testregex - regex(3) test harness

  testregex [ options ]

  testregex reads regex(3) test specifications, one per line, from the
  standard input and writes one output line for each failed test. A
  summary line is written after all tests are done. Each successful
  test is run again with REG_NOSUB. Unsupported features are noted
  before the first test, and tests requiring these features are
  silently ignored.

  -c	catch signals and non-terminating calls
  -e	ignore error return mismatches
  -h	list help on standard error
  -n	do not repeat successful tests with regnexec()
  -o	ignore match[] overrun errors
  -p	ignore negative position mismatches
  -s	use stack instead of malloc
  -x	do not repeat successful tests with REG_NOSUB
  -v	list each test line
  -A	list failed test lines with actual answers
  -B	list all test lines with actual answers
  -F	list failed test lines
  -P	list passed test lines
  -S	output one summary line

  Input lines may be blank, a comment beginning with #, or a test
  specification. A specification is five fields separated by one
  or more tabs. NULL denotes the empty string and NIL denotes the
  0 pointer.

  Field 1: the regex(3) flags to apply, one character per REG_feature
  flag. The test is skipped if REG_feature is not supported by the
  implementation. If the first character is not [BEASKLP] then the
  specification is a global control line. One or more of [BEASKLP] may be
  specified; the test will be repeated for each mode.

    B 	basic			BRE	(grep, ed, sed)
    E 	REG_EXTENDED		ERE	(egrep)
    A	REG_AUGMENTED		ARE	(egrep with negation)
    S	REG_SHELL		SRE	(sh glob)
    L	REG_LITERAL		LRE	(fgrep)

    a	REG_LEFT|REG_RIGHT	implicit ^...$
    b	REG_NOTBOL		lhs does not match ^
    c	REG_COMMENT		ignore space and #...\n
    d	REG_SHELL_DOT		explicit leading . match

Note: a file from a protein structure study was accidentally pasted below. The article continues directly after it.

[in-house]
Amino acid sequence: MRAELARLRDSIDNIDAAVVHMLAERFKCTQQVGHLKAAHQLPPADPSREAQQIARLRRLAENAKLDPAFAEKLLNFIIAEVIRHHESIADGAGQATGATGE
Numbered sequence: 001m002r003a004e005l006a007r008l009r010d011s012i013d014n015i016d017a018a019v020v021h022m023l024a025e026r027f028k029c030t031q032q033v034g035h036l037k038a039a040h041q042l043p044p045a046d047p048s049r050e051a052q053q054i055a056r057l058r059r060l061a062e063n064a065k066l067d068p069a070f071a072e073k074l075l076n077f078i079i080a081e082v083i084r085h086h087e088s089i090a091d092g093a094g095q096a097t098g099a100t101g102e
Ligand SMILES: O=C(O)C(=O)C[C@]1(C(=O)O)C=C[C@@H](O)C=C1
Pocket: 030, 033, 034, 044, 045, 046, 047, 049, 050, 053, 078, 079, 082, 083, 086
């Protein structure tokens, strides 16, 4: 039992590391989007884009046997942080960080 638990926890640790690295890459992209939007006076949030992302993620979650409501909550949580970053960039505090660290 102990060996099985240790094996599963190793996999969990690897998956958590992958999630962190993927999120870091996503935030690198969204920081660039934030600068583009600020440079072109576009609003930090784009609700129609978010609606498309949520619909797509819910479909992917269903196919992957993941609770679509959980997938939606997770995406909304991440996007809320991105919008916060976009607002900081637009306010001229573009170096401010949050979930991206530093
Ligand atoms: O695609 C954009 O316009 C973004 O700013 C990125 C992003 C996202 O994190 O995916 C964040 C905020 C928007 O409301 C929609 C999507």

e	REG_NOTEOL		rhs does not match $
    f	REG_MULTIPLE		multiple \n separated patterns
    g	FNM_LEADING_DIR		testfnmatch only -- match until /
    h	REG_MULTIREF		multiple digit backref
    i	REG_ICASE		ignore case
    j	REG_SPAN		. matches \n
    k	REG_ESCAPE		\ to ecape [...] delimiter
    l	REG_LEFT		implicit ^...
    m	REG_MINIMAL		minimal match
    n	REG_NEWLINE		explicit \n match
    o	REG_ENCLOSED		(|&) magic inside [@|&](...)
    p	REG_SHELL_PATH		explicit / match
    q	REG_DELIMITED		delimited pattern
    r	REG_RIGHT		implicit ...$
    s	REG_SHELL_ESCAPED	\ not special
    t	REG_MUSTDELIM		all delimiters must be specified
    u	standard unspecified behavior -- errors not counted
    v	REG_CLASS_ESCAPE	\ special inside [...]
    w	REG_NOSUB		no subexpression match array
    x	REG_LENIENT		let some errors slide
    y	REG_LEFT		regexec() implicit ^...
    z	REG_NULL		NULL subexpressions ok
    $	                        expand C \c escapes in fields 2 and 3
    /	                        field 2 is a regsubcomp() expression
    =	                        field 3 is a regdecomp() expression

  Field 1 control lines:

    C		set LC_COLLATE and LC_CTYPE to locale in field 2

    ?test ...	output field 5 if passed and != EXPECTED, silent otherwise
    &test ...	output field 5 if current and previous passed
    |test ...	output field 5 if current passed and previous failed
    ; ...	output field 2 if previous failed
    {test ...	skip if failed until }
    }		end of skip

    : comment		comment copied as output NOTE
    :comment:test	:comment: ignored
    N[OTE] comment	comment copied as output NOTE
    T[EST] comment	comment

    number		use number for nmatch (20 by default)

  Field 2: the regular expression pattern; SAME uses the pattern from
    the previous specification.

  Field 3: the string to match.

  Field 4: the test outcome. This is either one of the posix error
    codes (with REG_ omitted) or the match array, a list of (m,n)
    entries with m and n being first and last+1 positions in the
    field 3 string, or NULL if REG_NOSUB is in effect and success
    is expected. BADPAT is acceptable in place of any regcomp(3)
    error code. The match[] array is initialized to (-2,-2) before
    each test. All array elements from 0 to nmatch-1 must be specified
    in the outcome. Unspecified endpoints (offset -1) are denoted by ?.
    Unset endpoints (offset -2) are denoted by X. {x}(o:n) denotes a
    matched (?{...}) expression, where x is the text enclosed by {...},
    o is the expression ordinal counting from 1, and n is the length of
    the unmatched portion of the subject string. If x starts with a
    number then that is the return value of re_execf(), otherwise 0 is

  Field 5: optional comment appended to the report.

    If a regex implementation misbehaves with memory then all bets are off.

  Glenn Fowler        (ksh strmatch, regex extensions)
  David Korn        (ksh glob matcher)
  Doug McIlroy       (ast regex/testre in C++)
  Tom Lord            (rx tests)
  Henry Spencer       (original public regex)
  Andrew Hume     (gre tests)
  John Maddock (regex++ tests)
  Philip Hazel              (pcre tests)
  Ville Laurikari                   (libtre tests)